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GraphQL

GraphQL is a language for querying and manipulating data. It is widely viewed as more powerful, flexible, and efficient than REST.

Benefits provided by GraphQL#

Using GraphQL provides the following benefits:

Predictable results from your queries#

A GraphQL query returns only data the user asks for in their query.

Single request for many results#

A single request made through GraphQL can return any number of resources and their fields by following references between them as defined in the typed schema.

Organized data with a typed schema#

A single schema defines how users access data using GraphQL. These schemas, formatted as JSON objects, let users know exactly how to get the data they need.

The following is an example of a schema that defines a Species type with name and origin fields:

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1type Species {
2 name: String
3 origin: Planet
4}
5type Planet {
6 name: String
7}

Why use GraphQL over REST#

While GraphQL and REST are both specifications for constructing and querying APIs, GraphQL has some significant advantages over REST.

No versioning#

REST APIs typically have multiple versions, such as v1, v2, etc. This is because updating endpoints in REST will often impact existing queries.

With GraphQL, there is no need for versioning, since new types and fields can be added to the schema without impacting existing queries.

Removing fields is done through deprecation instead of deleting them from the schema. If an old query tries to read a deprecated field, GraphQL displays a customized warning.

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1type ExampleType {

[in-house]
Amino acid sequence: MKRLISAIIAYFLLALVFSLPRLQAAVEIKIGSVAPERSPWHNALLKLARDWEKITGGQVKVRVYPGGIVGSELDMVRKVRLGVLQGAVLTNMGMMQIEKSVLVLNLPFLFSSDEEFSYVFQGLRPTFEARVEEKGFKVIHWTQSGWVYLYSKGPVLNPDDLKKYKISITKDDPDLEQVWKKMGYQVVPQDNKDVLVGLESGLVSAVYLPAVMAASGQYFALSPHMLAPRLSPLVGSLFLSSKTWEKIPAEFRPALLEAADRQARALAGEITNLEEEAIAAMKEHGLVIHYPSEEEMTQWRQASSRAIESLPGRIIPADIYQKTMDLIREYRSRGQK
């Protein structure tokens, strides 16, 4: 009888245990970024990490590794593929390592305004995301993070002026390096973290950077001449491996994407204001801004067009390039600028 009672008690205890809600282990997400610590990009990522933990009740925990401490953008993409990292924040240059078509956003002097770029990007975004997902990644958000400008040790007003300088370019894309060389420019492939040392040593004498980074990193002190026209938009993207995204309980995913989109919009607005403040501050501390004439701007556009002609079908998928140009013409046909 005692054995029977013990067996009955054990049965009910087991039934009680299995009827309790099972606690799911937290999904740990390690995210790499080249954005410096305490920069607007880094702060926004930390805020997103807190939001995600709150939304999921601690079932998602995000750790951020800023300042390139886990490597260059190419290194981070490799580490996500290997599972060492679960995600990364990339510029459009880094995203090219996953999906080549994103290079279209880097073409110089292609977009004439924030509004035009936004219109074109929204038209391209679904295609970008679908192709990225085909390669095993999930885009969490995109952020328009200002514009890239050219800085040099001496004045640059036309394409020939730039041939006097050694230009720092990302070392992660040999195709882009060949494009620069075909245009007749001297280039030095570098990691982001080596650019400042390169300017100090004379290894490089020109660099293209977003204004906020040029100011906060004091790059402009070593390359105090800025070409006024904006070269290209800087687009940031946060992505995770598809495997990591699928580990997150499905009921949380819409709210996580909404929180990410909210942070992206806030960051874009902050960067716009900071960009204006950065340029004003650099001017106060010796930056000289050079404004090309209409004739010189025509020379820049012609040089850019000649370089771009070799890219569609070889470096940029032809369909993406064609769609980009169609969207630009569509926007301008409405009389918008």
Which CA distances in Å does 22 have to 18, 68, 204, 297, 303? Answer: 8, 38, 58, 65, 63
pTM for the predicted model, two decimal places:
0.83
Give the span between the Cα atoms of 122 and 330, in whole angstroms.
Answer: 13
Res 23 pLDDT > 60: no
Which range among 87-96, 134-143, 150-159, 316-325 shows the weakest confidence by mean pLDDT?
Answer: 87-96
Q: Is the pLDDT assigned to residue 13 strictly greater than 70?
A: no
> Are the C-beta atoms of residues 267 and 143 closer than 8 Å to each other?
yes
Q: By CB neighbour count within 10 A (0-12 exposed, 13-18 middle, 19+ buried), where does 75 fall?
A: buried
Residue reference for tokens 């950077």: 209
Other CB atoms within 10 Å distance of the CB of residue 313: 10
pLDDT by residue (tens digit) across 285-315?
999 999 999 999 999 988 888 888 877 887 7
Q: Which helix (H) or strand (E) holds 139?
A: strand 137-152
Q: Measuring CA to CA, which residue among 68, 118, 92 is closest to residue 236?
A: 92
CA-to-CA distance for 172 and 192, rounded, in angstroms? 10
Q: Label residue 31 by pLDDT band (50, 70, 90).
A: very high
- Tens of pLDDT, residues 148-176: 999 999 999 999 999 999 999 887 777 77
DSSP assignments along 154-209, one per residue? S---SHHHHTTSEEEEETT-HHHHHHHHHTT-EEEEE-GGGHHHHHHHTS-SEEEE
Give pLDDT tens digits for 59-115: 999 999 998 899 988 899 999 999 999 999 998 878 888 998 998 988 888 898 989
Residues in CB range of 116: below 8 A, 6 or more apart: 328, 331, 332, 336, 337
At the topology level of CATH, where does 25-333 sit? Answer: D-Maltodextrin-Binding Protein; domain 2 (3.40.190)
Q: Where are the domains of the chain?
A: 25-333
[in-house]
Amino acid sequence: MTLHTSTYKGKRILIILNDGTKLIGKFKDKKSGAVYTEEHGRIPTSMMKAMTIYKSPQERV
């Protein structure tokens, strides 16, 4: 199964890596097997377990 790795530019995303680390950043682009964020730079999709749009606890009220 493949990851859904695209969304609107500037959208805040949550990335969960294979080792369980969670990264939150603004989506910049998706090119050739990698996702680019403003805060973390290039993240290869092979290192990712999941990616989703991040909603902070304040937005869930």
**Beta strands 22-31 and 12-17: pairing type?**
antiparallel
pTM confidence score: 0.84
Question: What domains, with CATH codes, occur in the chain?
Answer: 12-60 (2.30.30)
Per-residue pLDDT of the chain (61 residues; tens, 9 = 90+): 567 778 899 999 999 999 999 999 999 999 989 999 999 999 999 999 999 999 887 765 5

2 firstName: String
3 lastName: String
4 name: String @deprecated(reason: "Split this field into two. Use `firstName` and `lastName`")
5}

This prevents old queries from throwing confusing errors when trying to read outdated fields, lending to code maintainability.

Faster and more efficient#

REST APIs typically require loading from multiple URLs. Imagine a REST API designed to get users and their forum posts. users/<id> would return information like name and user/<id>/posts would have to be queried separately to return the user's comments.

With GraphQL, these types and their fields are returned using one query, which saves calls to the API.

In the following schema example, a User type contains a posts field, which is an array of Post types:

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1type Query {
2 user(id: Int): User
3 # This is our resolver; our entry into the query
4 # It lets us query `user` with an argument `id`
5 # And Expects to return a type `User`
6 # Yes, you can leave comments in schemas!
7}
8
9type User {
10 id: Int!
11 name: String
12 posts: [Post]
13}
14
15type Post {
16 id: Int!
17 title: String
18 author: User
19}

A query for this schema that requests the name and all the post titles for a specific user would look like the following:

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1{
2 user(id: 12345) {